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Abstract

A formal approach to the history of the novel is illuminative when form itself becomes a marker of virtue, a term at the heart of the so-called "Pamela controversy," whose respondents doubt the virtue of Pamela's accounts. Analyzing the ways in which Samuel Richardson uses the formal components of the account in Pamela helps us to understand just what is at stake in the Pamela controversy. The changes Richardson makes in Clarissa, including proliferating points of view in order to help the reader to trust Clarissa's account and also showing by external means that Clarissa holds herself accountable to her account, reveal a necessary fictional supplement to accounting. This technique resembles strategies that the Bank of England uses, such as its architectural layout, to help the public trust the soundness of its own accounting mechanisms. In this way, formal analysis of Pamela and Clarissa reveals an important link between the rise of public credit and the rise of the novel.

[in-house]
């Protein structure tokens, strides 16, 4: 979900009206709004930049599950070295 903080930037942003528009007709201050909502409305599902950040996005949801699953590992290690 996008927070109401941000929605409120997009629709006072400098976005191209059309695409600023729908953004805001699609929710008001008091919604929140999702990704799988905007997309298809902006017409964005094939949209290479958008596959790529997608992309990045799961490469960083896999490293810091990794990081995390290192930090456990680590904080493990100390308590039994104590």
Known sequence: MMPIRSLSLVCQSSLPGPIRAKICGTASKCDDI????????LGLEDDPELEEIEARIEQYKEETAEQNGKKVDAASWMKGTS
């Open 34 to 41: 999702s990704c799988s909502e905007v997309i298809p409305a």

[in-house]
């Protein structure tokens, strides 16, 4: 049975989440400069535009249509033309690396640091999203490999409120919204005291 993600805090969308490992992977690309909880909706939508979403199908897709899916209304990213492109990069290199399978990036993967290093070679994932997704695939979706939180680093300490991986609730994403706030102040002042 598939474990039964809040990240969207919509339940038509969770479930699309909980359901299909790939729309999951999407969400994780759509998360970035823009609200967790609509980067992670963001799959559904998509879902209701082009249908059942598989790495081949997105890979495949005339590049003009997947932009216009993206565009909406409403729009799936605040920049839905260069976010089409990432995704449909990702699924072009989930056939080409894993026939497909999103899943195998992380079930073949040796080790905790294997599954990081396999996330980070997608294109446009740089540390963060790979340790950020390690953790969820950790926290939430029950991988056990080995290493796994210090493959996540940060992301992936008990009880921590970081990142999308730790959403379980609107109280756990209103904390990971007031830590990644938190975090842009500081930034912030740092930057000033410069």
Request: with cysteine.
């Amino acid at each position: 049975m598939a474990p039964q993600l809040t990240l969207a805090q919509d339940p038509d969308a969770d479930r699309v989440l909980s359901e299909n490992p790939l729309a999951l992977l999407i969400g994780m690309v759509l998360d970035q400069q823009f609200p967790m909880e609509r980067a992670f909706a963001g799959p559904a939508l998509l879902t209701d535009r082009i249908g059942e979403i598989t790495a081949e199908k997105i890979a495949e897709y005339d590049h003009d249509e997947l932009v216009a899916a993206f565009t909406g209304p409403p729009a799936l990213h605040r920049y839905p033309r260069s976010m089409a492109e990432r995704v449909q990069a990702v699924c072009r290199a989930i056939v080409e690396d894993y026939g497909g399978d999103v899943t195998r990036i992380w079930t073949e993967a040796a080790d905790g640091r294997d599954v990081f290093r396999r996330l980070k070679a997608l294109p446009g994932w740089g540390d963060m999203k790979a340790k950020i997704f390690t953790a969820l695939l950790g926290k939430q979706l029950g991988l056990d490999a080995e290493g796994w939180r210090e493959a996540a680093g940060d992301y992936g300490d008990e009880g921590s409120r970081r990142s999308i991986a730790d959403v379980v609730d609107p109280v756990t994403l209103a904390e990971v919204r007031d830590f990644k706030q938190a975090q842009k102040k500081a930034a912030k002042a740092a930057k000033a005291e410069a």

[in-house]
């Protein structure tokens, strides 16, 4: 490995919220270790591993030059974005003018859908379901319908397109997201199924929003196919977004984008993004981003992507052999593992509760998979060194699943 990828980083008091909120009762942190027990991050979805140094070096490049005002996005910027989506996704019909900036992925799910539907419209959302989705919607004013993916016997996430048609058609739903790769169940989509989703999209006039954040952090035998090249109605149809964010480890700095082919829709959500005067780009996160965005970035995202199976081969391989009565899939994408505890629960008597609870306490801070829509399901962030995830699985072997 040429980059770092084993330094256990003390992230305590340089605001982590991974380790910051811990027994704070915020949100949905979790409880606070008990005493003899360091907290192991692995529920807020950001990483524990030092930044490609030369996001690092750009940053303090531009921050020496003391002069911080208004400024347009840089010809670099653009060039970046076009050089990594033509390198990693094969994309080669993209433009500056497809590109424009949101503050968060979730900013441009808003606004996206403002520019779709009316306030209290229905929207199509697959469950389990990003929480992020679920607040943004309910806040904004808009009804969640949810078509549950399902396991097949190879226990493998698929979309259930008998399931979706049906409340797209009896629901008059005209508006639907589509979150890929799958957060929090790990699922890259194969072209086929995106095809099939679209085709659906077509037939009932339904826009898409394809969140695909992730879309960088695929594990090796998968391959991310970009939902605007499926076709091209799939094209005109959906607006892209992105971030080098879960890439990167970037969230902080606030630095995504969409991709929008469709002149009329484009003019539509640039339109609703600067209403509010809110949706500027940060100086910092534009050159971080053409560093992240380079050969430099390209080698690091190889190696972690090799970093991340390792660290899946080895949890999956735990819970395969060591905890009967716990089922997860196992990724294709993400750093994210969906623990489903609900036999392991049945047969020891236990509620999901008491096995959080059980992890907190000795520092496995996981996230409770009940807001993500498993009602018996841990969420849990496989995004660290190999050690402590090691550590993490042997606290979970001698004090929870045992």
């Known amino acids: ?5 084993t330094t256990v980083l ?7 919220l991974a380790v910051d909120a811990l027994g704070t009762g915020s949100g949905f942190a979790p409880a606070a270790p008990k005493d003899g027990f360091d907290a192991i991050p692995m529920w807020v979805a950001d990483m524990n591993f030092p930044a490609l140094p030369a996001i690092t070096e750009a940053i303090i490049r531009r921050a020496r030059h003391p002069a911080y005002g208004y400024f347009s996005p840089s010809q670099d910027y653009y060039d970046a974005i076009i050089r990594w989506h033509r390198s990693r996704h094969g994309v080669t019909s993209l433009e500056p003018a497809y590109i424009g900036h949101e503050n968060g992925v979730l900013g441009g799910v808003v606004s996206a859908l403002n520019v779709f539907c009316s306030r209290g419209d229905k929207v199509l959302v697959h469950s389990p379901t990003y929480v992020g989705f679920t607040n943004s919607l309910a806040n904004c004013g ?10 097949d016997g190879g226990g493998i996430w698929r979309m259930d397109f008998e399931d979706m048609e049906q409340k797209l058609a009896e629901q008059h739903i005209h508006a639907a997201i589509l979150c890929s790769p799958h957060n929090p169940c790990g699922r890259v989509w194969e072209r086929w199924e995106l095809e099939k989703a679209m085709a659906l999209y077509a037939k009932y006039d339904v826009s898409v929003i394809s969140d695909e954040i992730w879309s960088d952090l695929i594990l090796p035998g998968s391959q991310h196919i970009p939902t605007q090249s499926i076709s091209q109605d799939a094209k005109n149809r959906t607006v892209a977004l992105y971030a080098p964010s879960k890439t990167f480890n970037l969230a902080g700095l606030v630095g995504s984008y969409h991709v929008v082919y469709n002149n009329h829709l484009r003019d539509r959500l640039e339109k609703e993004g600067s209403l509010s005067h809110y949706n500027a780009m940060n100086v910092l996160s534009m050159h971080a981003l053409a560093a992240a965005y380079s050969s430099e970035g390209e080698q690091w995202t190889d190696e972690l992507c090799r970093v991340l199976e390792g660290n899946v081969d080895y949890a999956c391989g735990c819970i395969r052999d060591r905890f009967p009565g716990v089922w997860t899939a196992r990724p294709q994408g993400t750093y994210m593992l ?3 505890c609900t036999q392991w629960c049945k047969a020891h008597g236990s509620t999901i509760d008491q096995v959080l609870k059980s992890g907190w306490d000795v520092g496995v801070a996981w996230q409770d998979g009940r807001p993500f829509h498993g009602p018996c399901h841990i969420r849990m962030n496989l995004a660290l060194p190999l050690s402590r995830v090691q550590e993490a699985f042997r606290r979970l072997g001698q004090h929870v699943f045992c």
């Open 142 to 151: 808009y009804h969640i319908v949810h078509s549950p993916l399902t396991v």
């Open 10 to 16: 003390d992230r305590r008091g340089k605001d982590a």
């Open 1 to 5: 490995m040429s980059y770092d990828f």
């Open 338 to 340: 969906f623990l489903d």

Contributor's Note

Natalie Roxburgh, whose dissertation is titled "The Rise of Public Credit and the Eighteenth-Century English Novel," completed her PhD in English literature at Rutgers University in 2011. She currently teaches at Carl von Ossietzky University in Oldenburg, Germany.

Fig1Ledger.jpg (649 kB)
Fig. 1 Bank of England, 1694 ledger page.

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